Thursday, December 5, 2013 |
I read Frances Hodgson Burnett’s A Little Princess and The Secret Garden when I was a child, and I’ve had an abiding interest in stories featuring plucky orphans ever since.  Luckily (?!), children’s lit is full of either absent or deceased parents, so I’ve been able to indulge.  The trouble is that many of these books use missing parents merely as a plot device – a way to set up unusual freedom for the children in the tale.  Holly Webb’s Rose does feature a spirited orphan, but she’s not your typical heroine, and that’s a very good thing.

rose by holly webb book cover
The grand residence of the famous alchemist, Mr. Fountain, is a world away from the dark orphanage Rose has left behind. For the house is positively overflowing with sparkling magic—she can feel it. And it’s not long before Rose realizes that maybe, just maybe, she has a little bit of magic in her, too…

The first book in an exciting, get-lost-in-the-world series about orphans, alchemy, magical powers and sinister child-catchers.

Rose is a ten year-old orphan, and she would love nothing better than to leave St. Bridget’s Home for Abandoned Girls and begin working as a maid in some great house.  When her wish is granted, Rose is scared stiff that she’ll do something to jeopardize her position.  After all, she never hoped to be claimed by a family, just to have a change to earn wages and make her own way in the world.  Mr. Fountain’s house is mysteriously magical, but Rose’s fellows below-stairs and her new work keep her occupied.  Or at least that’s what Rose tries to tell herself.  The truth is that Rose may be magical herself – and it may be her unwanted talent that saves the day.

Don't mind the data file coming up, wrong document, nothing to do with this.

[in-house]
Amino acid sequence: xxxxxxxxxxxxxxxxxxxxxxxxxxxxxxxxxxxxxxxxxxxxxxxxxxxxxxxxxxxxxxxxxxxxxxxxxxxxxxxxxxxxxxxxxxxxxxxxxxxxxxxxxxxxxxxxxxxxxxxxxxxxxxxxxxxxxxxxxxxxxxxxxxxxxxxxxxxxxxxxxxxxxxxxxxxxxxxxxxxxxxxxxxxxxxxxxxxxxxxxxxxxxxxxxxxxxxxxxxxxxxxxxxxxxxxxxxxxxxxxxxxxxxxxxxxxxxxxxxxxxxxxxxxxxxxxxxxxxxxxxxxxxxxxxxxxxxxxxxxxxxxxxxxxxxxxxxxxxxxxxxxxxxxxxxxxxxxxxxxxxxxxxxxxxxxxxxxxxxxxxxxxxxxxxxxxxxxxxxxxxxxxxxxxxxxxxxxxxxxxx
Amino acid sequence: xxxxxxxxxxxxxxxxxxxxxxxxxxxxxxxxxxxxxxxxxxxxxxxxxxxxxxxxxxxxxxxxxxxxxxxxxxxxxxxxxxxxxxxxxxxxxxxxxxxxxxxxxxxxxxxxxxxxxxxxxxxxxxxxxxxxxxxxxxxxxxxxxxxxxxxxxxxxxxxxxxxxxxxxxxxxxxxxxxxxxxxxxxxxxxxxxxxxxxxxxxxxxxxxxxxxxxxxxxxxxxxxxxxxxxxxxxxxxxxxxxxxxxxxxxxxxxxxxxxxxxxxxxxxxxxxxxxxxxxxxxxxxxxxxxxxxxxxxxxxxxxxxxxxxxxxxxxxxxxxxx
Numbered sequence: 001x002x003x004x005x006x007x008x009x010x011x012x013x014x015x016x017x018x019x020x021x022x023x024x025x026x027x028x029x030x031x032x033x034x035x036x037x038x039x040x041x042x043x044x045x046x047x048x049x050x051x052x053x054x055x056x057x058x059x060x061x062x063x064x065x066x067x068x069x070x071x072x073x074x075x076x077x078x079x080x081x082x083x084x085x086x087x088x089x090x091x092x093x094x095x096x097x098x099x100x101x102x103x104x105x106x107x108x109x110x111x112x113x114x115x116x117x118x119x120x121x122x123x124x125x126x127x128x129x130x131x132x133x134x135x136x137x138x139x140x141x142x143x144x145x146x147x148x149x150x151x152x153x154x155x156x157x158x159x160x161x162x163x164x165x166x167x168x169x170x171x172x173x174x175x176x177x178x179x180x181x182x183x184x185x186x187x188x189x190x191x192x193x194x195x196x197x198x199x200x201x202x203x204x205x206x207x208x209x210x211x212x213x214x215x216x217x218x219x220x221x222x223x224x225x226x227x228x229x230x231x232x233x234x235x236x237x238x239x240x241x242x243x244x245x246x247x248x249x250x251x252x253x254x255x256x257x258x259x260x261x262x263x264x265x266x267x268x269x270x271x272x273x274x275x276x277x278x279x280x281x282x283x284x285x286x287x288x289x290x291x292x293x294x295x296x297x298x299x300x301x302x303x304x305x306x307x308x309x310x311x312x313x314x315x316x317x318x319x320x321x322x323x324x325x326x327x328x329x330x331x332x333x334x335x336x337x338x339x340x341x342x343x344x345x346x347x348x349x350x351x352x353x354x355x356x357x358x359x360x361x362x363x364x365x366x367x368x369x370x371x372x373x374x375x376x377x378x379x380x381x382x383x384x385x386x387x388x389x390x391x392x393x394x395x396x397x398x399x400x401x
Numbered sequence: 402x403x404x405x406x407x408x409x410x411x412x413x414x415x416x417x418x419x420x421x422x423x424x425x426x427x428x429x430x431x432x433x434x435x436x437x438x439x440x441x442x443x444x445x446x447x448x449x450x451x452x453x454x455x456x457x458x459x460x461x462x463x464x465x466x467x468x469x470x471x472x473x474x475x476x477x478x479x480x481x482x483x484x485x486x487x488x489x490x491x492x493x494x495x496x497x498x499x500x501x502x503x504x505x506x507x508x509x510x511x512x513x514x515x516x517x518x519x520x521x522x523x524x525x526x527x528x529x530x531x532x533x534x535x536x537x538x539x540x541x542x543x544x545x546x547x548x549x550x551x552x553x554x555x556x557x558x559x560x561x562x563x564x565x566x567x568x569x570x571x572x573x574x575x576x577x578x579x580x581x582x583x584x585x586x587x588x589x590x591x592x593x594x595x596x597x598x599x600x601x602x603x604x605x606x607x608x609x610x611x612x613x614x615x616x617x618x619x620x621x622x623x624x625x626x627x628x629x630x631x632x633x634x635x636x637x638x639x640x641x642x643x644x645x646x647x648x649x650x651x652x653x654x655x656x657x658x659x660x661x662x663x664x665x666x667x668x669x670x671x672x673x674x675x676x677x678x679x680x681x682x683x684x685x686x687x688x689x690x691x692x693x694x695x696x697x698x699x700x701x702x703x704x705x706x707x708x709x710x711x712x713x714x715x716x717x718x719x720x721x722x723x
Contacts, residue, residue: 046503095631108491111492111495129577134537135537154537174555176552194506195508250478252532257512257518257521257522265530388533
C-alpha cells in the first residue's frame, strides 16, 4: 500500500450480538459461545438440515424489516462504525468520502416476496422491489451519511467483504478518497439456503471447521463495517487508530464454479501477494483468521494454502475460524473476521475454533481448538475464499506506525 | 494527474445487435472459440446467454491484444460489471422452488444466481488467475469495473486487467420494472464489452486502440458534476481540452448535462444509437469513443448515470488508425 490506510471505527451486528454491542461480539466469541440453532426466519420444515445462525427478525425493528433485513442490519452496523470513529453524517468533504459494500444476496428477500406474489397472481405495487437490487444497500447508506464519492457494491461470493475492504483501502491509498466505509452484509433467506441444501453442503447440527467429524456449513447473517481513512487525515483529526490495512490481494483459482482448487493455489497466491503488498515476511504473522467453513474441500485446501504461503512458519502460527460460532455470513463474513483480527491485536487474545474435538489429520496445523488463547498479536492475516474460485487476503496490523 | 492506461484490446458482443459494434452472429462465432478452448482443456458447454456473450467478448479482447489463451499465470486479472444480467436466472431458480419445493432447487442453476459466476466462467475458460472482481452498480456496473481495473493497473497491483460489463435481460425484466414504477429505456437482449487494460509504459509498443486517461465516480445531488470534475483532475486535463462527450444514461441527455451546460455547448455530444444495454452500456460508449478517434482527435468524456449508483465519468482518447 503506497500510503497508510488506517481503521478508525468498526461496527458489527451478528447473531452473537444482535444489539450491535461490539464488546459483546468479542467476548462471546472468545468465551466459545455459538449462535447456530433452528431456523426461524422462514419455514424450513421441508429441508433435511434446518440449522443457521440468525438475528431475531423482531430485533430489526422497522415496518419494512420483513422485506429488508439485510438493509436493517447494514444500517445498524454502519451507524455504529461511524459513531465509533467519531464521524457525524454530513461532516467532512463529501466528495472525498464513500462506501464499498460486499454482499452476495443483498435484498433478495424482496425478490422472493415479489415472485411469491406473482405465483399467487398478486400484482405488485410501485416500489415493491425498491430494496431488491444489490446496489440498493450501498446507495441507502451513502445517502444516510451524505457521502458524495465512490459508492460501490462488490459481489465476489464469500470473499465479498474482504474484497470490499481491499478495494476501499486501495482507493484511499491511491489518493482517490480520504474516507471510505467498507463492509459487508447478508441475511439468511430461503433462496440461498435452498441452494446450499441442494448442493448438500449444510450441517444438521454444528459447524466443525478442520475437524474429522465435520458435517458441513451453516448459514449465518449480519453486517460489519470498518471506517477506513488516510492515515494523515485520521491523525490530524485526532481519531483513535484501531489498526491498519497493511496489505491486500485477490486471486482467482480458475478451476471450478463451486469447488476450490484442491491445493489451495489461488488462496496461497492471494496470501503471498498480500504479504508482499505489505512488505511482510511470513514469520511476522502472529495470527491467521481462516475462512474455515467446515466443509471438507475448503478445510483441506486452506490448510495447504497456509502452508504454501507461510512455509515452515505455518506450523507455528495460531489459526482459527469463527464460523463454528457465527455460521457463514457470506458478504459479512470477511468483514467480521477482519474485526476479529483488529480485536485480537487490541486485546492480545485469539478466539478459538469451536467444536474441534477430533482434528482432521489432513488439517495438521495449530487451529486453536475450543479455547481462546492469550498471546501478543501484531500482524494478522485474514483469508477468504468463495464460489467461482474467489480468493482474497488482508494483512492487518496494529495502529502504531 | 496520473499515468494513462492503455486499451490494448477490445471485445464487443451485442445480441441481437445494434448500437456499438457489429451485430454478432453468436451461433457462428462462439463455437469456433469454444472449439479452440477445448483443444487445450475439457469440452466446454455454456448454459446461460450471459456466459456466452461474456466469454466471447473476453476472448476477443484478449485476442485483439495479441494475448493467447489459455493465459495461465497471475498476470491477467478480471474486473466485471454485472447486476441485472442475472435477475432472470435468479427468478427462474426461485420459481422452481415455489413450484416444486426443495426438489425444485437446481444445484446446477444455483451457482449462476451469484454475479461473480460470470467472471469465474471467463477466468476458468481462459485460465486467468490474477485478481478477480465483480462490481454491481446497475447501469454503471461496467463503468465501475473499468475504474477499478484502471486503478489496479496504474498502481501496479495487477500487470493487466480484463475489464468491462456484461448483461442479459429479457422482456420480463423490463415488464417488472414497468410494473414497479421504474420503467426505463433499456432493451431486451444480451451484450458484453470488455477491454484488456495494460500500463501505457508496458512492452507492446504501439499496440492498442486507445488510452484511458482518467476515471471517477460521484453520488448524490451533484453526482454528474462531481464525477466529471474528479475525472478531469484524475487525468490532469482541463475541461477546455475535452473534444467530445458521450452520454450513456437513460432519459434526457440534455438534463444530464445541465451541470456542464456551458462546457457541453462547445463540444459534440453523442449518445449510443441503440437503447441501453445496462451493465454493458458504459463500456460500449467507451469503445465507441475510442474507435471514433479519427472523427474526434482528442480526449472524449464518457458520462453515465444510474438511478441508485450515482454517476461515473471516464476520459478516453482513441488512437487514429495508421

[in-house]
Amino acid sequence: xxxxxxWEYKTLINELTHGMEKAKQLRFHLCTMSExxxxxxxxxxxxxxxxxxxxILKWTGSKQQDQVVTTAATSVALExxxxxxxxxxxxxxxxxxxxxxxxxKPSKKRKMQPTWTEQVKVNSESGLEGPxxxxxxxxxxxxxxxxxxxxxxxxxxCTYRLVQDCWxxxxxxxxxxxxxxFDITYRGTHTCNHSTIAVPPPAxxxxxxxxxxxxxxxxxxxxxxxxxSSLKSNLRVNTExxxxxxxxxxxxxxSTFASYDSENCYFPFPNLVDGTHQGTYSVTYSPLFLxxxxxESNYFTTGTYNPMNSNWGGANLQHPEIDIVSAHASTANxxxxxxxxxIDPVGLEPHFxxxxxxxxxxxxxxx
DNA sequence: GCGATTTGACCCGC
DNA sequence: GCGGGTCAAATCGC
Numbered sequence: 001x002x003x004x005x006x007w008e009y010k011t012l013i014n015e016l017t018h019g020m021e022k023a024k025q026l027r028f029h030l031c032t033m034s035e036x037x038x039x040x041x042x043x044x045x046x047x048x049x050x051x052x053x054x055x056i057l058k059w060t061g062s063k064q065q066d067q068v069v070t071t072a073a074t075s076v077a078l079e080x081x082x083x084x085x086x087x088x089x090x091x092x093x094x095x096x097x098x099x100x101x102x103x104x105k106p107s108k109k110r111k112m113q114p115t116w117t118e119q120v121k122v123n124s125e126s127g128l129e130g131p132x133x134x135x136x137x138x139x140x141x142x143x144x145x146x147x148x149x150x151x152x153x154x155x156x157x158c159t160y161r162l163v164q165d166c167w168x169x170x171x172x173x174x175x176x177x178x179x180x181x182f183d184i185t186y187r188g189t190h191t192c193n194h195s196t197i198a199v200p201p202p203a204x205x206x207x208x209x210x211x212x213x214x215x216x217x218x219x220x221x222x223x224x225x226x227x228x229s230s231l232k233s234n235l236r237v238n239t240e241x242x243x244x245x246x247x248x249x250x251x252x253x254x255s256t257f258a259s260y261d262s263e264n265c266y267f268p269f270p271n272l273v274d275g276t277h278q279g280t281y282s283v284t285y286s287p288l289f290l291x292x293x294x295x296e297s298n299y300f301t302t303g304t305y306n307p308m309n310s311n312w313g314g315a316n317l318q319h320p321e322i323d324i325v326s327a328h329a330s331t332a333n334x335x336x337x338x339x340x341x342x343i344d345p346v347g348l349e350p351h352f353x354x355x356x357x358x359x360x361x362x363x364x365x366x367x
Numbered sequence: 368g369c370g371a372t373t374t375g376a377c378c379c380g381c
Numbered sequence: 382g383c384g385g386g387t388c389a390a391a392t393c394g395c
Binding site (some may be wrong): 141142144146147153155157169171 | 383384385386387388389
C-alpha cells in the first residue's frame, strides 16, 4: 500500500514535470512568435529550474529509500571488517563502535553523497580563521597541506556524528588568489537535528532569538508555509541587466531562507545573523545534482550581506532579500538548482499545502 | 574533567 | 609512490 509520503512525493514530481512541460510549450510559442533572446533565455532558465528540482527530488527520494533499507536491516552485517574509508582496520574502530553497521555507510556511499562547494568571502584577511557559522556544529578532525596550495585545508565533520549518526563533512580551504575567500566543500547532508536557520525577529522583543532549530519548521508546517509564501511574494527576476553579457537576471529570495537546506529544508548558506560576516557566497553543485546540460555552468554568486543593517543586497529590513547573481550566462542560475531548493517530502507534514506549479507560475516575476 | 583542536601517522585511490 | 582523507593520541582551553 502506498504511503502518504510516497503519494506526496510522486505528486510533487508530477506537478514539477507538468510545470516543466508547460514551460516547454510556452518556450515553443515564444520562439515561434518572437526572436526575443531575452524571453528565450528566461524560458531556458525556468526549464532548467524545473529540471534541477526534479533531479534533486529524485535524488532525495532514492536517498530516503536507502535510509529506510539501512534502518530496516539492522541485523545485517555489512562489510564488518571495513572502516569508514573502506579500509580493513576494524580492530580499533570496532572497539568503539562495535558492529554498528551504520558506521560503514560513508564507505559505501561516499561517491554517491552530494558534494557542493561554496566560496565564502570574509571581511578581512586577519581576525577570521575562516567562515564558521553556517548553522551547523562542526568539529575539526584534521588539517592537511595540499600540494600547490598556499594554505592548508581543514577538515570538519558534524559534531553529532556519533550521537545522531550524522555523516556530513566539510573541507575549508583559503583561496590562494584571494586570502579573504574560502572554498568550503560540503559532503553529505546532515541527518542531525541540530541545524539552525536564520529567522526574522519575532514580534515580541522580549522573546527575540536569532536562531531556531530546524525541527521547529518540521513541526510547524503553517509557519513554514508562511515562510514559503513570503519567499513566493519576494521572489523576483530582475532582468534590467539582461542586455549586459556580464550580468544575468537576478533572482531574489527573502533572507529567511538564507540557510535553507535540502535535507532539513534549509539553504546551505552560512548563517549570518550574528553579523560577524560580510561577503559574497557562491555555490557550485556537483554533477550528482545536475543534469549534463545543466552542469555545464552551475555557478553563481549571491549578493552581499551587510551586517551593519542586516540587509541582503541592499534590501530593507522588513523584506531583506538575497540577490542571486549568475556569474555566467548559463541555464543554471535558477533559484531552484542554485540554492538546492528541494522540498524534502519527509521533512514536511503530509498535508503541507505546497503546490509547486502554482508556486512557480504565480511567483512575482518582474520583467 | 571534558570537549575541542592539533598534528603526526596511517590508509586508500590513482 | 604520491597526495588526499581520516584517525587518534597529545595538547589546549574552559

Sensible, grounded, hardworking – these are all terms that describe our heroine, Rose.  She knows next to nothing about her past and the world beyond the orphanage’s walls, but she has plans for her future.  They may be modest plans, but that suits clever Rose.  There’s no doubt she’d achieved all her goals if interesting (and magical!) things didn’t keep happening around her.  As it is, Rose needs all her wits to hide her magical leanings, keep her place, make new friends, and never mind the talking cat!

As you can see, there is a lot for Rose to assimilate.  Webb describes Rose’s world in flowing prose and reveals interesting tidbits of plot and characterization through easy conversation, making the whole a seamless and enjoyable read.  Rose’s story is a funny, touching and clever one, and my only complaint was that I wanted more.  More about the magical house, Bill the footman, Isabella, the master’s bratty daughter, and more history for all of the girls at St. Bridget’s.  Luckily, Rose is the first in a series (four have already been published in the UK), and my wish will be fulfilled soon.

Recommended for: fans of Ellen Potter’s The Humming Room and Maryrose Wood’s The Incorrigible Children of Ashton Place, and anyone who likes plucky heroines, and funny, magical stories.


Liviania said...

I really did like Rose - she sticks out from a number of heroines. (After all, how many book characters like cleaning up?)

Unknown said...

This sounds positively delightful. Hooray for not-your-typical heroine! On the list it goes...

Tales of Whimsy said...

Sounds fantastic.

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